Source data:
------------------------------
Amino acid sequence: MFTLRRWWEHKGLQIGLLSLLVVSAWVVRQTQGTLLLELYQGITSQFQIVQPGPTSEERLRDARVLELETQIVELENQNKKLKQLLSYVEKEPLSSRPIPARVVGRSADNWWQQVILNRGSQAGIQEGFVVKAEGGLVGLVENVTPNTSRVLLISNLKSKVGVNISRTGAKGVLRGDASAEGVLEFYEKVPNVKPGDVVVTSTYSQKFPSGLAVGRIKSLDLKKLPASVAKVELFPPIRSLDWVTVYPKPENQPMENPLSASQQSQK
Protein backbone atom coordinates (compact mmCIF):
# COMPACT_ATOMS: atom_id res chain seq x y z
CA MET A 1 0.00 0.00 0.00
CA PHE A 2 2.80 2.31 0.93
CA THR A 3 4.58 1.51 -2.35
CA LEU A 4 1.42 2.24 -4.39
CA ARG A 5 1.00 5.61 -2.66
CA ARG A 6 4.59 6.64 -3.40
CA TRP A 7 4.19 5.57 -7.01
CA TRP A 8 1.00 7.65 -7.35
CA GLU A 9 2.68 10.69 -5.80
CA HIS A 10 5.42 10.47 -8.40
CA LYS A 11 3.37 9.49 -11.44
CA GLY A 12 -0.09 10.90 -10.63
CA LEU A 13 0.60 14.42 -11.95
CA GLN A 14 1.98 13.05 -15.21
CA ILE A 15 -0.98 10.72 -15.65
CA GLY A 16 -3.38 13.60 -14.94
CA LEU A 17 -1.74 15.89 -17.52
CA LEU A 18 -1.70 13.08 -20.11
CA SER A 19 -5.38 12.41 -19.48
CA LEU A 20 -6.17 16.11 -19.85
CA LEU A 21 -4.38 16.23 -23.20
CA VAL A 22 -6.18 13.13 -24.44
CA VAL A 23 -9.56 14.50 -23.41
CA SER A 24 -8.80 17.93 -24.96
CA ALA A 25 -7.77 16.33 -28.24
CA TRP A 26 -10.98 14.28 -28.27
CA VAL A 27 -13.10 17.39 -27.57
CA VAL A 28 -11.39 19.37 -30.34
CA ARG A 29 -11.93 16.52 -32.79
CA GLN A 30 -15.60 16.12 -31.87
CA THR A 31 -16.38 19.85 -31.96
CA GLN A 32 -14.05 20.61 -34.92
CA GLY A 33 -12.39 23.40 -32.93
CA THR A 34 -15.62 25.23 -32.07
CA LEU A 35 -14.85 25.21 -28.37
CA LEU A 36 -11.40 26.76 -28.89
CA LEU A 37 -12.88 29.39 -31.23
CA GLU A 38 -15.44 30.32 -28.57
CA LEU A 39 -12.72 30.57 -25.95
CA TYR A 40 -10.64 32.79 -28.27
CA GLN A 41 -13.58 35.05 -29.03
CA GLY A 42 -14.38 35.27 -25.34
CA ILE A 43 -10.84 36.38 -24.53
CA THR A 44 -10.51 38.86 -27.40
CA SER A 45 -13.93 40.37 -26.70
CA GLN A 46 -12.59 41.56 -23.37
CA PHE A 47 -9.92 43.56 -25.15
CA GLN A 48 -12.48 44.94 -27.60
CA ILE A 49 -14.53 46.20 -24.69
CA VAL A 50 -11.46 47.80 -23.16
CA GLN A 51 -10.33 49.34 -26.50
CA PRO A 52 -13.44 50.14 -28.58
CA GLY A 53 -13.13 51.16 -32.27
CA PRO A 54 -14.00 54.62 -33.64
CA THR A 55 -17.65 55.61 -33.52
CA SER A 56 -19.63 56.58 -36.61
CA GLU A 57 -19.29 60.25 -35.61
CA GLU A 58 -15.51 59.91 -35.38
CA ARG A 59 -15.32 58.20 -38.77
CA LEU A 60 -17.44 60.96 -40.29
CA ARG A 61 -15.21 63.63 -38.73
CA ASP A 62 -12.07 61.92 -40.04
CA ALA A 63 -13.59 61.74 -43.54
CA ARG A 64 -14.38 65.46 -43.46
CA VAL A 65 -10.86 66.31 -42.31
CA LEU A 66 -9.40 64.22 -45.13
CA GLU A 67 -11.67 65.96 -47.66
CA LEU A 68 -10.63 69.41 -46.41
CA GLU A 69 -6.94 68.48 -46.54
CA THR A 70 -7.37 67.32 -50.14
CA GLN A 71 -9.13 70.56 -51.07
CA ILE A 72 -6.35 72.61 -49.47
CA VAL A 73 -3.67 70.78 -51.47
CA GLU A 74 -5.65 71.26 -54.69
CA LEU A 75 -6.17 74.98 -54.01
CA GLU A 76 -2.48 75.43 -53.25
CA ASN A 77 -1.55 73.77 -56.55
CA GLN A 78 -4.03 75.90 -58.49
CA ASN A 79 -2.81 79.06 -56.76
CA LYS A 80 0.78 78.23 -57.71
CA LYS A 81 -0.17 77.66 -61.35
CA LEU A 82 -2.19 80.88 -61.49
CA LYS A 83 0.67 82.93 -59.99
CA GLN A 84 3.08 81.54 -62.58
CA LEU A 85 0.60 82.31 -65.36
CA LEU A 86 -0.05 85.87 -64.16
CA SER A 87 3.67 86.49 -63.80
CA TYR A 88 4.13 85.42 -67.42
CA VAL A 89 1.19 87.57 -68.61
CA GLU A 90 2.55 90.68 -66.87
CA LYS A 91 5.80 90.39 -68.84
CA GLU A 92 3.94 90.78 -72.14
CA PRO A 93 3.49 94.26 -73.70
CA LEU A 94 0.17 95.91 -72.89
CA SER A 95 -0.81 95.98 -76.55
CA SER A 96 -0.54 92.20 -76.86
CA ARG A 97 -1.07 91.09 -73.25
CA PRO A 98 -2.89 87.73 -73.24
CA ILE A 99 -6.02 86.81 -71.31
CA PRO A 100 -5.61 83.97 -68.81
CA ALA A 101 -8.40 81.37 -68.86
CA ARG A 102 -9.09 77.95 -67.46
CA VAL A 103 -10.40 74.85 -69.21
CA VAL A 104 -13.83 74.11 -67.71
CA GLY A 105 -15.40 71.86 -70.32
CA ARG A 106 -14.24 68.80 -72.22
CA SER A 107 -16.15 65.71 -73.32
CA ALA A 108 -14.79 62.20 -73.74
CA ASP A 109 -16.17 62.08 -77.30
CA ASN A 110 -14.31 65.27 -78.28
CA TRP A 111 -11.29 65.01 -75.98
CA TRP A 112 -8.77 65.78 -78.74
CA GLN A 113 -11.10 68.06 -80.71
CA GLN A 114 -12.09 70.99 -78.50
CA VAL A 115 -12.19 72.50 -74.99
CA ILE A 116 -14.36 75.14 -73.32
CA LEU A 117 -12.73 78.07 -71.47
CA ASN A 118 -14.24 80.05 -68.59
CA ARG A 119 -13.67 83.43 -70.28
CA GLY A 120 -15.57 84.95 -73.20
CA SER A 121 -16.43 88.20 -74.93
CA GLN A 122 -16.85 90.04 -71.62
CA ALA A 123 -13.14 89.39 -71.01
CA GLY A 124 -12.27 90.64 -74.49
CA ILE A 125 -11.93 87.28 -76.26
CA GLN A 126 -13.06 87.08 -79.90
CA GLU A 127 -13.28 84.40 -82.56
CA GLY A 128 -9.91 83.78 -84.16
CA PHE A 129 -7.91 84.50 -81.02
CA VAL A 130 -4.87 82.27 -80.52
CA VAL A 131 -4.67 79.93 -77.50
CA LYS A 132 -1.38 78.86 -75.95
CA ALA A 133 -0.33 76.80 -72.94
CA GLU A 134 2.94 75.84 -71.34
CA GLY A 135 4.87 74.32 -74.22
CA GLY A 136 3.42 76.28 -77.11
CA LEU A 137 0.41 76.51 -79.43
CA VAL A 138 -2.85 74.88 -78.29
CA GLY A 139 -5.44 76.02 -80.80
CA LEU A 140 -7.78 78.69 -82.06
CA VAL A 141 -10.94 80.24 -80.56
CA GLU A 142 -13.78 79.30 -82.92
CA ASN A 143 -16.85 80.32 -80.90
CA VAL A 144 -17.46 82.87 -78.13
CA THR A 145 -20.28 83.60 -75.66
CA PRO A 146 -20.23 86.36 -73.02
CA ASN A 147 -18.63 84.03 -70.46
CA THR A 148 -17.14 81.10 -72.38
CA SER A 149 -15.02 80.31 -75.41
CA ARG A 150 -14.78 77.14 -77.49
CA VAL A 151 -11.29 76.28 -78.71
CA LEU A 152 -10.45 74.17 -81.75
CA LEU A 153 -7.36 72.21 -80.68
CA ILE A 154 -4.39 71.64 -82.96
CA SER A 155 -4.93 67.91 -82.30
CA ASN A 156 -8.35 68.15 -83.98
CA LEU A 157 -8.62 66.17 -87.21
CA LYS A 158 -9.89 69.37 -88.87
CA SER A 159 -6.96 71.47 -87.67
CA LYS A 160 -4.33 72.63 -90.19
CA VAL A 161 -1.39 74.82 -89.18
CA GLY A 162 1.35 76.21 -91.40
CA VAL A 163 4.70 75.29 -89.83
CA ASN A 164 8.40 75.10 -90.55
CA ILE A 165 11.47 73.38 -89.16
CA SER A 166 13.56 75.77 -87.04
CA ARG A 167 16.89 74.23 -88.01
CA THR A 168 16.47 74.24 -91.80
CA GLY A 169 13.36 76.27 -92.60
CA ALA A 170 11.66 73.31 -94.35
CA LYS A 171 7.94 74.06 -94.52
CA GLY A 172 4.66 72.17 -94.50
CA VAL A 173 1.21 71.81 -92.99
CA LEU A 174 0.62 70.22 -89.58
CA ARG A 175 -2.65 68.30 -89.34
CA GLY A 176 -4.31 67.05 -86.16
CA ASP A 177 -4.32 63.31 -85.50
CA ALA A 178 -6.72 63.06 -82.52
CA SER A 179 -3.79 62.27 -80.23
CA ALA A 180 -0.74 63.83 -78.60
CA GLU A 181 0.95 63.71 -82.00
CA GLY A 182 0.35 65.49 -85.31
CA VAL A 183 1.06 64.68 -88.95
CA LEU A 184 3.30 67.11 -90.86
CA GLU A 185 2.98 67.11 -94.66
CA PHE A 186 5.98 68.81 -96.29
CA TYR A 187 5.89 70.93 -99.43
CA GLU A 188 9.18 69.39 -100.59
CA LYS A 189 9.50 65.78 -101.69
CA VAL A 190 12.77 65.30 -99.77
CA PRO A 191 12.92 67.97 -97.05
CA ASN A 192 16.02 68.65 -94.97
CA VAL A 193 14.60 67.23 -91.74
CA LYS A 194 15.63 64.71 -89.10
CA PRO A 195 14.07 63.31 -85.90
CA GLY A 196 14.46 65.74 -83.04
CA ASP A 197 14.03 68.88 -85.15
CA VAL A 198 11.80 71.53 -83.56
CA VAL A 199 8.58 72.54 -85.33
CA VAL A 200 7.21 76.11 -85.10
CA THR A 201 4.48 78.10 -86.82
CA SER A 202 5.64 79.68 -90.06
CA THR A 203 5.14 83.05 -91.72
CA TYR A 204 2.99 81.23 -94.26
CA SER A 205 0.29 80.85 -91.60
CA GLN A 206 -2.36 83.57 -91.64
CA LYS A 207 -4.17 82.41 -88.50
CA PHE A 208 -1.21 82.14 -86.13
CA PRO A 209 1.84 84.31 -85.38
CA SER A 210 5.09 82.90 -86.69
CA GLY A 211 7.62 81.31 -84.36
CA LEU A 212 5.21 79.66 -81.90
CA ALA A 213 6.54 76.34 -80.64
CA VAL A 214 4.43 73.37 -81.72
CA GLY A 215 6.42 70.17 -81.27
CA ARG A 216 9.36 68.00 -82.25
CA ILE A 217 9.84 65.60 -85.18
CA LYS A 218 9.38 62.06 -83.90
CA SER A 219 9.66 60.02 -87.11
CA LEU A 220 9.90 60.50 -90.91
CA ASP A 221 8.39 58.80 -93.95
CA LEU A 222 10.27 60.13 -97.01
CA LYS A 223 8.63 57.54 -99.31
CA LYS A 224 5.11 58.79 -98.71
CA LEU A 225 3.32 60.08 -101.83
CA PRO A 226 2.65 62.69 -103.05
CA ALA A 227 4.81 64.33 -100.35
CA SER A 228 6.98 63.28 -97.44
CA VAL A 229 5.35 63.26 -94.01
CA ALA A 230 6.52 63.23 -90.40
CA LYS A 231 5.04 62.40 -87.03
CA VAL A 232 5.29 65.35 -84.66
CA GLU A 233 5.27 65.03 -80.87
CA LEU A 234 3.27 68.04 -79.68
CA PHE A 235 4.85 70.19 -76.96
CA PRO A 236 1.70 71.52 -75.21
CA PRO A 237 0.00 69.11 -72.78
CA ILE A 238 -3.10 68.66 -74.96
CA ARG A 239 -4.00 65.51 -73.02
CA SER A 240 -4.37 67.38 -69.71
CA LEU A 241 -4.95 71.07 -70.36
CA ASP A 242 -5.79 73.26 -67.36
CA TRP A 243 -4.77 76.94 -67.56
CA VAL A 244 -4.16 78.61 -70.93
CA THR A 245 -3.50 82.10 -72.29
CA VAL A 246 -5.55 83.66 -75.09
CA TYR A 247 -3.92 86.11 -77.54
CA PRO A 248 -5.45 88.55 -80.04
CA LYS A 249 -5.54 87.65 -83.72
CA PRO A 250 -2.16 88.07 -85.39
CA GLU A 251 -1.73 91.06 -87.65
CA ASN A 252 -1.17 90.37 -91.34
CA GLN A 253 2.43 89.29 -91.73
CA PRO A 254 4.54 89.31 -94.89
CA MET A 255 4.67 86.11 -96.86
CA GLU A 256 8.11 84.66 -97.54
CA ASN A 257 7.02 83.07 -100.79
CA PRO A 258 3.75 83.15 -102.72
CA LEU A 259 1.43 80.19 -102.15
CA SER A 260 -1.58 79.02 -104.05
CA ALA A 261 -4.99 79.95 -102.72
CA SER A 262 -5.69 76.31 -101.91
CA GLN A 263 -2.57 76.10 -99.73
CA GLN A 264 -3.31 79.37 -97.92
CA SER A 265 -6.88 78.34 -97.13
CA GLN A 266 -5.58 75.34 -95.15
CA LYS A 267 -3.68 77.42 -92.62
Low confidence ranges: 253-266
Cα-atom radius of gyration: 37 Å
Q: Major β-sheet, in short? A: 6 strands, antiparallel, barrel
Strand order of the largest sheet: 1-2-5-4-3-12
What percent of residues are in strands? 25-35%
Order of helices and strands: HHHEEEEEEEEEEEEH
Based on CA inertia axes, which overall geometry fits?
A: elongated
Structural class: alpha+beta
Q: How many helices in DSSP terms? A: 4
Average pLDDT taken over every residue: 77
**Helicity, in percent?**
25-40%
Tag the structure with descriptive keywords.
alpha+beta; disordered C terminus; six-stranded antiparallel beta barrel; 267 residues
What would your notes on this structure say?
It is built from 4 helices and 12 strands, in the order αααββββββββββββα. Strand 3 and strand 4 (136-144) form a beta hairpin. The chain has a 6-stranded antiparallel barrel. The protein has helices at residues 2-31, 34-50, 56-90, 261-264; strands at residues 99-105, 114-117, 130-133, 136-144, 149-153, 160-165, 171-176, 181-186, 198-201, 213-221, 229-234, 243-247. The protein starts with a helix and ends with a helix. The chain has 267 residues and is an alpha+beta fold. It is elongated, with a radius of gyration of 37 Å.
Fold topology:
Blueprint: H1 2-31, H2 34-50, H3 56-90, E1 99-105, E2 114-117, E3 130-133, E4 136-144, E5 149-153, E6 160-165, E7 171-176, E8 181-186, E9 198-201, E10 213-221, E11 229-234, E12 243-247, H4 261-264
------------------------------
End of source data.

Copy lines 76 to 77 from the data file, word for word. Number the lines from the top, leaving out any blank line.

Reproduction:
CA VAL A 73 -3.67 70.78 -51.47
CA GLU A 74 -5.65 71.26 -54.69